In the decades after it closed, Land of Oz became something of a myth and a mystery. But its story wasn’t over. A reunion of the original cast members in the mid-’90s evolved into a public event called Autumn at Oz, which sells out quickly every September and continues to grow. The cast alone comprises 68 people — including six Dorothys a day (like Morgan White, opposite), ensuring that everyone has a chance to see her skip down the Yellow Brick Road. Attendees are often overwhelmed with nostalgia, says Artistic Director Sean Barrett, who’s seen full-grown adults burst into tears. “It speaks volumes about the park,” he says, “but also about The Wizard of Oz.”
Barrett and the rest of the staff work hard to get the details just right: Every year before the park opens for private tours beginning in June, they volunteer to touch up the paint on the 44,000-brick Yellow Brick Road. Before Autumn at Oz, they fill in the cornstalks around Dorothy’s house and place 4,000 poppies along the Yellow Brick Road leading up to the Emerald City gate (opposite). “Everyone takes the job seriously,” Barrett says. “We feel a responsibility to keep the park going.” Many original cast members from the 1970s — then called “Ozzies” — return to the park to help out year after year, bonded by their passion for Oz.
For more information, visit landofoznc.com.
Tweetsie Railroad – Blowing Rock
Riding the rails with cowboys like Harlowe (above) has been a rite of passage for North Carolina kids for more than half a century. Yet the Tweetsie tradition stretches back even further, to the late 19th century, when the East Tennessee & Western North Carolina Railroad (ET&WNC) cut a steep and rugged route through the Blue Ridge Mountains. Beginning in 1882, ET&WNC locomotives hauled iron ore from the mines in Cranberry, in Avery County, to Johnson City, Tennessee; by 1919, passenger service extended to Boone. The railroad was a lifeline for residents of remote western North Carolina, and it earned the nickname “Tweetsie” for the comforting trill of its steam engines’ whistle. But as roads reached many of the formerly isolated communities that had once relied on Tweetsie, cars and trucks supplanted the trains, and in 1950, the ET&WNC closed its tracks.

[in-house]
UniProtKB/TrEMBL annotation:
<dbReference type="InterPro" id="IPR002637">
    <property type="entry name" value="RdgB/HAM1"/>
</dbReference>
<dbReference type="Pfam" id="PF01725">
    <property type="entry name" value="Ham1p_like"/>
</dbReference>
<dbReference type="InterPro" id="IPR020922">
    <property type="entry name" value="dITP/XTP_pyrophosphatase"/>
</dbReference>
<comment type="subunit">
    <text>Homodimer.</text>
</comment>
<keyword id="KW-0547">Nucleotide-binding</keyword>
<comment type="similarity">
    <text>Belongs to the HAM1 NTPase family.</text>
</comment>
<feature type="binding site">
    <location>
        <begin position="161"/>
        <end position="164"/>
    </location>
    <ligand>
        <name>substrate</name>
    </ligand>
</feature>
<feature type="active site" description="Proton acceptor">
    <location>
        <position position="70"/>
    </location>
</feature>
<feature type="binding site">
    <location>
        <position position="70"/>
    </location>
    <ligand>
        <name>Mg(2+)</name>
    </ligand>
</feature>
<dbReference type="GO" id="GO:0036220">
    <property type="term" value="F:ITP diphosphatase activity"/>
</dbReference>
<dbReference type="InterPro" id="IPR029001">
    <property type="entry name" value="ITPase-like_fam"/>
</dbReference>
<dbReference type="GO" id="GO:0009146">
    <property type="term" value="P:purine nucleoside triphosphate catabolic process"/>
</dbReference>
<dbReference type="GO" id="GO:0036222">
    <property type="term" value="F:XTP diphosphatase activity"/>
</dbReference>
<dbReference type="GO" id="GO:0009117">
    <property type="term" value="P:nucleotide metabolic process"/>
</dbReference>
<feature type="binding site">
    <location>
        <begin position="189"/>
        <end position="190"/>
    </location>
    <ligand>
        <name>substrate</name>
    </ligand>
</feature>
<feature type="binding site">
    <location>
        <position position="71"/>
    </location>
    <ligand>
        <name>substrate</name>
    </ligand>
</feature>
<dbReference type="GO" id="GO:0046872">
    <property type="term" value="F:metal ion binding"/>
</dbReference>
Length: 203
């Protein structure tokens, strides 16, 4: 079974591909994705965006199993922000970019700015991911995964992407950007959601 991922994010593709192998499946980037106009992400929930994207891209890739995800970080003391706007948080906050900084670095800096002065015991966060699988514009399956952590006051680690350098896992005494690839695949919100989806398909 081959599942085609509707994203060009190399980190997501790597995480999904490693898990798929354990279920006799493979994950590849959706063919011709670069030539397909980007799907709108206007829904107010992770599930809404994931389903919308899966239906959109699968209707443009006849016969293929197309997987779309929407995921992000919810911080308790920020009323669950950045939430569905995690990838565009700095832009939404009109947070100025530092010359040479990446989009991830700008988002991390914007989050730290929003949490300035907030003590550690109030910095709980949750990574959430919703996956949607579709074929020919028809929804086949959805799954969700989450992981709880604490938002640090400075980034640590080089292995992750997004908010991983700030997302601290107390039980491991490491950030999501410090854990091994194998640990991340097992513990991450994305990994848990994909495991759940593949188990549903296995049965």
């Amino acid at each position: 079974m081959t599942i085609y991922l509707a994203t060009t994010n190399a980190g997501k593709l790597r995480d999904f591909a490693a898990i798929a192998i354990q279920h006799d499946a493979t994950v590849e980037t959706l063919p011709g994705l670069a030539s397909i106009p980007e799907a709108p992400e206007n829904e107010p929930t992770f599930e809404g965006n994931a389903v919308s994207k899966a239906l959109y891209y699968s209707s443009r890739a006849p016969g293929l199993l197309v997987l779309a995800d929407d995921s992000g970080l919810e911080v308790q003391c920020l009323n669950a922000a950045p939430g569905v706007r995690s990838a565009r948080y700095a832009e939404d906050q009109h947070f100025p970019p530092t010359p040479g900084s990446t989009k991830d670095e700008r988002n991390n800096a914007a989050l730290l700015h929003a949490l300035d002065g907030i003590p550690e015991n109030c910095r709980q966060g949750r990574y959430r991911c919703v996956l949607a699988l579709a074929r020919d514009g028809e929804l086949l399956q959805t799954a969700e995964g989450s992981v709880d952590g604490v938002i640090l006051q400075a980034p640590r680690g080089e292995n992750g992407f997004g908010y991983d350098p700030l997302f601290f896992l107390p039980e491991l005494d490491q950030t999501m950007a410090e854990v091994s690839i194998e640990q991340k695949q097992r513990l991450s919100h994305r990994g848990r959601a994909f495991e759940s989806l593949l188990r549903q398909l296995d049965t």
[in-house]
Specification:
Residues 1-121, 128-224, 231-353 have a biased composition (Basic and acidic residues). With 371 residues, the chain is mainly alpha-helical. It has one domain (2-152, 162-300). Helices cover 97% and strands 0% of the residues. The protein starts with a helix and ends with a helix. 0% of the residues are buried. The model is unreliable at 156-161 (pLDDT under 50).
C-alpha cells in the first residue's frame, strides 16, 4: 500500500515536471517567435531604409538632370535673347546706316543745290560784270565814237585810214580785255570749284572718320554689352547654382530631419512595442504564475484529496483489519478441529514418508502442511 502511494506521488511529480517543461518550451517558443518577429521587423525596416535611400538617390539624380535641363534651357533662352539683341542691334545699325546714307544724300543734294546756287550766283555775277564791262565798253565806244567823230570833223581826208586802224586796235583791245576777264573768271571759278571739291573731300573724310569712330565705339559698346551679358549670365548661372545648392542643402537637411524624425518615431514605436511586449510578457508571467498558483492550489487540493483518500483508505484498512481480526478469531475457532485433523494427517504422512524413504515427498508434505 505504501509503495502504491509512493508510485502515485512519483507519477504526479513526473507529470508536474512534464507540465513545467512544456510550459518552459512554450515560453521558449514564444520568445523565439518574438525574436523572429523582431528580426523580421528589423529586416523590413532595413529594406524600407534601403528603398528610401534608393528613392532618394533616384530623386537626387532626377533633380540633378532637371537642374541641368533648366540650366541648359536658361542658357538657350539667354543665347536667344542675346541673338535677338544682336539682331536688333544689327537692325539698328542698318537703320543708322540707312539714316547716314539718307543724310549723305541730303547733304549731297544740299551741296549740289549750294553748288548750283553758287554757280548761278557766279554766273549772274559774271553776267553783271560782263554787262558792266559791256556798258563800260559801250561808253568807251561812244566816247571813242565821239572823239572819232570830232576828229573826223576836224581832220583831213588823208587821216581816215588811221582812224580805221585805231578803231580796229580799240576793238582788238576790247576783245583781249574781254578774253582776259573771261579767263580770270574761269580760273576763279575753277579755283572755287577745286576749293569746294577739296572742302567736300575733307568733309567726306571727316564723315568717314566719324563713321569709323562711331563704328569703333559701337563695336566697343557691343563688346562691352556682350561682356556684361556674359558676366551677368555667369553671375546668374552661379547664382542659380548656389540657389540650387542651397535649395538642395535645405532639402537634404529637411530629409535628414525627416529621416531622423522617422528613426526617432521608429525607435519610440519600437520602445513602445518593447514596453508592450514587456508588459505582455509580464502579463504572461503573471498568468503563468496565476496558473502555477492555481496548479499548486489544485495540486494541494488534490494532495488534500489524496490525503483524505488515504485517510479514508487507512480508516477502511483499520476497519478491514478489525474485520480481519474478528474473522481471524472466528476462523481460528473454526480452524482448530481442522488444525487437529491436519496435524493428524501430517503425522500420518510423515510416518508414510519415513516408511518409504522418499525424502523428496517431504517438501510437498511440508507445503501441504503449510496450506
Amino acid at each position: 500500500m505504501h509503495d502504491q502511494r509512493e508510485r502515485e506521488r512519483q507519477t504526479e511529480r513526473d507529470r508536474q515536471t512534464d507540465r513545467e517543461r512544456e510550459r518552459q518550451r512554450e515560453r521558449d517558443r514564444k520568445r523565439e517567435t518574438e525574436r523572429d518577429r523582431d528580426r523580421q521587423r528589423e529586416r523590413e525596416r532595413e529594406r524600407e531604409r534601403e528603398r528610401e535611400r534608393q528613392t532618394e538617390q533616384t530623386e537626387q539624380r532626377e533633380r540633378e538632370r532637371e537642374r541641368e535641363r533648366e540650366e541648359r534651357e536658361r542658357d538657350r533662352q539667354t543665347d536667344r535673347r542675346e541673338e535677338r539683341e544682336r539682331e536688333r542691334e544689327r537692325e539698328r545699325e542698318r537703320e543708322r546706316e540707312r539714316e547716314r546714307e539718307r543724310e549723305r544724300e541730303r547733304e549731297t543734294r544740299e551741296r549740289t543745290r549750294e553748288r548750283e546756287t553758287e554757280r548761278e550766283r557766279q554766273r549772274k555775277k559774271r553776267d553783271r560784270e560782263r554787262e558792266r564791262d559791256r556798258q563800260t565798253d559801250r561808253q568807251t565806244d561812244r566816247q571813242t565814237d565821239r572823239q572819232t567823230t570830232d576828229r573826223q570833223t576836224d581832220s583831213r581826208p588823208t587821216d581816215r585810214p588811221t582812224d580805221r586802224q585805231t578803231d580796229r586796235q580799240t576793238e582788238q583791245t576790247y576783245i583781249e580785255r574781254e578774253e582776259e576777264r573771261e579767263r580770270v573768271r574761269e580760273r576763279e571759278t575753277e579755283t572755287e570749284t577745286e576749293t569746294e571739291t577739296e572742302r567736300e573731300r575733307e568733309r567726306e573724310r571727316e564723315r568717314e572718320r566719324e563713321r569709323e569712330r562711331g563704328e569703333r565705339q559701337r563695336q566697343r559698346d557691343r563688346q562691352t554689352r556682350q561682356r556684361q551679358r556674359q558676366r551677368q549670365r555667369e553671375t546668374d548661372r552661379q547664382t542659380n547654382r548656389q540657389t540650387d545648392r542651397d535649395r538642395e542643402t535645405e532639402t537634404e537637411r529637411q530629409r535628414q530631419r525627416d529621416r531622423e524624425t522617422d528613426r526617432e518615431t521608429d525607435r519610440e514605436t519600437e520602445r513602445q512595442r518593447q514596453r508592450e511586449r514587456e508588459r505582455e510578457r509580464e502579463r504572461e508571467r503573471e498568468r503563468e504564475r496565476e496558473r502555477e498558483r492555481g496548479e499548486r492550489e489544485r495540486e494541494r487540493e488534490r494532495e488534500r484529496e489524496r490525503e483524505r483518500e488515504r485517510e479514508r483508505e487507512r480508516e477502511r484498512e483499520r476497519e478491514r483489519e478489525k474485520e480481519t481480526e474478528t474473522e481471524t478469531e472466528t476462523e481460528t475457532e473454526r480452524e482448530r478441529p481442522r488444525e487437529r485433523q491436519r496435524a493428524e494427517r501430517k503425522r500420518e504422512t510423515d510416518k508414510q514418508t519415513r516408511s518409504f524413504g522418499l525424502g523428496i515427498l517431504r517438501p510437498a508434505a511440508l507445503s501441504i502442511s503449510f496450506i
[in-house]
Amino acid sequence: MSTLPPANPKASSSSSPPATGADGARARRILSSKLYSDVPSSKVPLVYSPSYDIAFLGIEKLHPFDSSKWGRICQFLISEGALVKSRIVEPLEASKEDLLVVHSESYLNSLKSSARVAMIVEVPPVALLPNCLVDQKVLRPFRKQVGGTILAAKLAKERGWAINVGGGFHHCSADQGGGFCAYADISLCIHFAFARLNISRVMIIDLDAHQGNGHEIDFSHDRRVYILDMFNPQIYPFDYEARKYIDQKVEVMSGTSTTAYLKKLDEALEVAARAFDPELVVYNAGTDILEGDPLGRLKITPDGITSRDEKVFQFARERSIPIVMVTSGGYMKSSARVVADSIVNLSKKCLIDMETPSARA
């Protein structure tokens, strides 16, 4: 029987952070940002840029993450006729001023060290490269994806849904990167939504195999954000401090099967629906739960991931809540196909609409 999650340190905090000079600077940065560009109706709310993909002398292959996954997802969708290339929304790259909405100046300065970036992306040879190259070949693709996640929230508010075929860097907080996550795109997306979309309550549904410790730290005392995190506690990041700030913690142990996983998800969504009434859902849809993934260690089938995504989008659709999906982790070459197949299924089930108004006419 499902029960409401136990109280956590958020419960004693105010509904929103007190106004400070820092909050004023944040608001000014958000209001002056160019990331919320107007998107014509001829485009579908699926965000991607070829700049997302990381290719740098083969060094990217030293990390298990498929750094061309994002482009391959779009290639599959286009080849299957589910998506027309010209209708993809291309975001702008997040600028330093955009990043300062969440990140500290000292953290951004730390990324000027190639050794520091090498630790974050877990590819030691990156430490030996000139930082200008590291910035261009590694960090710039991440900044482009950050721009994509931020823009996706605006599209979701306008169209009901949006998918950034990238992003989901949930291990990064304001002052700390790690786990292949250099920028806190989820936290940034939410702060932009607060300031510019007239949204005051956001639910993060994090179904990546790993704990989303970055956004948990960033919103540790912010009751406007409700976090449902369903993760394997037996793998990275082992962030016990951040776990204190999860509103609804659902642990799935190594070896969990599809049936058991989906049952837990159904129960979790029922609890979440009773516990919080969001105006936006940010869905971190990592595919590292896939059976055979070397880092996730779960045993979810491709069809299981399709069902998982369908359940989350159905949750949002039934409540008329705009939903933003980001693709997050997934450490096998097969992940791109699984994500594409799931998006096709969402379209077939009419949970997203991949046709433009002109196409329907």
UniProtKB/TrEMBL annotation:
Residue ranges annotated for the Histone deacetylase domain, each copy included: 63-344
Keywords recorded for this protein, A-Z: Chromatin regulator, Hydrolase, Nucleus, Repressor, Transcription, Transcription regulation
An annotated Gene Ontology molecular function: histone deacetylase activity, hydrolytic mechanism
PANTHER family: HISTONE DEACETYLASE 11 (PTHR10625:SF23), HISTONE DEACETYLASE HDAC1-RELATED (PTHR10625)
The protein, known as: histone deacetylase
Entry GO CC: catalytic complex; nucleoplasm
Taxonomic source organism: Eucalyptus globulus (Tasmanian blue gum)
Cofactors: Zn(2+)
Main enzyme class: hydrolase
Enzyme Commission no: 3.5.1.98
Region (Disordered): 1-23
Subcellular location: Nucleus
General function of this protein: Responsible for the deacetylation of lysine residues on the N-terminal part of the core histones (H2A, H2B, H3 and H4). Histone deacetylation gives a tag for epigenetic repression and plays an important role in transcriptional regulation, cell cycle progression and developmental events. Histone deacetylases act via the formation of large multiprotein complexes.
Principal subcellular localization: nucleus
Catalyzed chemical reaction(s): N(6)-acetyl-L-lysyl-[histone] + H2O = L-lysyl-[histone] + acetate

After the ET&WNC shuttered, its sole surviving steam engine embarked on a new journey. Engine No. 12 had a brief stint as a tourist attraction in Virginia before it was purchased by actor Gene Autry, who planned to use it in Western films. When that didn’t work out, Grover Robbins — the entrepreneur who would go on to develop Beech Mountain and open Land of Oz — saw an opportunity. He bought the rights to purchase the locomotive from Autry for $1, later brought it home to North Carolina, and began to build a theme park around it — the first in the state.
When Tweetsie Railroad opened on July 4, 1957, its appeal was simple: Visitors rode Engine No. 12 to a picnic area a mile away, ate lunch, and rode back. Soon, the mile-long track became a three-mile loop, one train became two, and Robbins’s Wild West theme park began to take shape. Over the years, Tweetsie has grown to include live shows and amusement rides, gem mining and a petting zoo. But it still feels small and welcoming. It’s still designed for — and owned by — family. And, thanks to Robbins and his relatives, the unmistakable whistle of a train called Tweetsie still echoes across generations.
For more information, visit tweetsie.com.